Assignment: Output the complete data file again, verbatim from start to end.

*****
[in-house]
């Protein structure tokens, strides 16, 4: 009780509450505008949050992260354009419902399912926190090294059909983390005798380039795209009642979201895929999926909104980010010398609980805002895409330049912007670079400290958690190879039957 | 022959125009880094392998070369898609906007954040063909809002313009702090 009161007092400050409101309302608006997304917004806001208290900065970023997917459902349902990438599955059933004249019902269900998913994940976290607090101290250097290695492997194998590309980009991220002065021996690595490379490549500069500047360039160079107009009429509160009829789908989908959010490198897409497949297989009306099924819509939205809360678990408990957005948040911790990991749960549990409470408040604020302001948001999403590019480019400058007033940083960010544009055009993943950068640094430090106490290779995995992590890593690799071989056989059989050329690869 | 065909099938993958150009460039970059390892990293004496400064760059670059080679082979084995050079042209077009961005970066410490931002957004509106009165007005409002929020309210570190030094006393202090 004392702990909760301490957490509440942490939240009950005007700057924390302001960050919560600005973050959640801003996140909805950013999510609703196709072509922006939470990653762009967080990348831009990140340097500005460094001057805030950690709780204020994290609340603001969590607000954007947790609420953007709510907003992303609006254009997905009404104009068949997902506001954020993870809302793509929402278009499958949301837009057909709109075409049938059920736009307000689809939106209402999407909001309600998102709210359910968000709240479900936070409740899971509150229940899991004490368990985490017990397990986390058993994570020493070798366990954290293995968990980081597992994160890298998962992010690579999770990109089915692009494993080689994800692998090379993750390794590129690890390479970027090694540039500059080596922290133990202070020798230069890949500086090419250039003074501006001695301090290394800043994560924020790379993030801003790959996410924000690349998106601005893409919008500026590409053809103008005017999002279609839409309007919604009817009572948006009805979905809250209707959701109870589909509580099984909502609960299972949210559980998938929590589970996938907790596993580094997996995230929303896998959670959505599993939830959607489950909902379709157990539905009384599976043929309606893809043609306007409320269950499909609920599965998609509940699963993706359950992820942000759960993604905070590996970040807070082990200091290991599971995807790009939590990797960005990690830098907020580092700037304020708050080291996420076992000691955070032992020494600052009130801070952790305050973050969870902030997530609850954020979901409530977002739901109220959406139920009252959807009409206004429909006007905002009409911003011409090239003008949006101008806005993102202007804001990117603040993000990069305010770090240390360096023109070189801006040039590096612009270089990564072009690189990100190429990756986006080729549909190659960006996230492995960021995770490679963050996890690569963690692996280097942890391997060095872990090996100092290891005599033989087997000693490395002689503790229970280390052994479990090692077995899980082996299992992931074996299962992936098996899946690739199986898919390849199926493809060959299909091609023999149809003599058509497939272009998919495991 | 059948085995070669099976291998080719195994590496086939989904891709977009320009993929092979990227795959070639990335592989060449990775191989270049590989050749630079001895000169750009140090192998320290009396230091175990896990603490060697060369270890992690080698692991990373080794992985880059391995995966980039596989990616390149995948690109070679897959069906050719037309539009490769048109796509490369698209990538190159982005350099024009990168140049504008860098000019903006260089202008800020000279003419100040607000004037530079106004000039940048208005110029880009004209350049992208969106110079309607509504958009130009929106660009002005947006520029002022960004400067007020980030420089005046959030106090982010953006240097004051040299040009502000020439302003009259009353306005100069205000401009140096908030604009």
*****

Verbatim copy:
[in-house]
């Protein structure tokens, strides 16, 4: 009780509450505008949050992260354009419902399912926190090294059909983390005798380039795209009642979201895929999926909104980010010398609980805002895409330049912007670079400290958690190879039957 | 022959125009880094392998070369898609906007954040063909809002313009702090 009161007092400050409101309302608006997304917004806001208290900065970023997917459902349902990438599955059933004249019902269900998913994940976290607090101290250097290695492997194998590309980009991220002065021996690595490379490549500069500047360039160079107009009429509160009829789908989908959010490198897409497949297989009306099924819509939205809360678990408990957005948040911790990991749960549990409470408040604020302001948001999403590019480019400058007033940083960010544009055009993943950068640094430090106490290779995995992590890593690799071989056989059989050329690869 | 065909099938993958150009460039970059390892990293004496400064760059670059080679082979084995050079042209077009961005970066410490931002957004509106009165007005409002929020309210570190030094006393202090 004392702990909760301490957490509440942490939240009950005007700057924390302001960050919560600005973050959640801003996140909805950013999510609703196709072509922006939470990653762009967080990348831009990140340097500005460094001057805030950690709780204020994290609340603001969590607000954007947790609420953007709510907003992303609006254009997905009404104009068949997902506001954020993870809302793509929402278009499958949301837009057909709109075409049938059920736009307000689809939106209402999407909001309600998102709210359910968000709240479900936070409740899971509150229940899991004490368990985490017990397990986390058993994570020493070798366990954290293995968990980081597992994160890298998962992010690579999770990109089915692009494993080689994800692998090379993750390794590129690890390479970027090694540039500059080596922290133990202070020798230069890949500086090419250039003074501006001695301090290394800043994560924020790379993030801003790959996410924000690349998106601005893409919008500026590409053809103008005017999002279609839409309007919604009817009572948006009805979905809250209707959701109870589909509580099984909502609960299972949210559980998938929590589970996938907790596993580094997996995230929303896998959670959505599993939830959607489950909902379709157990539905009384599976043929309606893809043609306007409320269950499909609920599965998609509940699963993706359950992820942000759960993604905070590996970040807070082990200091290991599971995807790009939590990797960005990690830098907020580092700037304020708050080291996420076992000691955070032992020494600052009130801070952790305050973050969870902030997530609850954020979901409530977002739901109220959406139920009252959807009409206004429909006007905002009409911003011409090239003008949006101008806005993102202007804001990117603040993000990069305010770090240390360096023109070189801006040039590096612009270089990564072009690189990100190429990756986006080729549909190659960006996230492995960021995770490679963050996890690569963690692996280097942890391997060095872990090996100092290891005599033989087997000693490395002689503790229970280390052994479990090692077995899980082996299992992931074996299962992936098996899946690739199986898919390849199926493809060959299909091609023999149809003599058509497939272009998919495991 | 059948085995070669099976291998080719195994590496086939989904891709977009320009993929092979990227795959070639990335592989060449990775191989270049590989050749630079001895000169750009140090192998320290009396230091175990896990603490060697060369270890992690080698692991990373080794992985880059391995995966980039596989990616390149995948690109070679897959069906050719037309539009490769048109796509490369698209990538190159982005350099024009990168140049504008860098000019903006260089202008800020000279003419100040607000004037530079106004000039940048208005110029880009004209350049992208969106110079309607509504958009130009929106660009002005947006520029002022960004400067007020980030420089005046959030106090982010953006240097004051040299040009502000020439302003009259009353306005100069205000401009140096908030604009």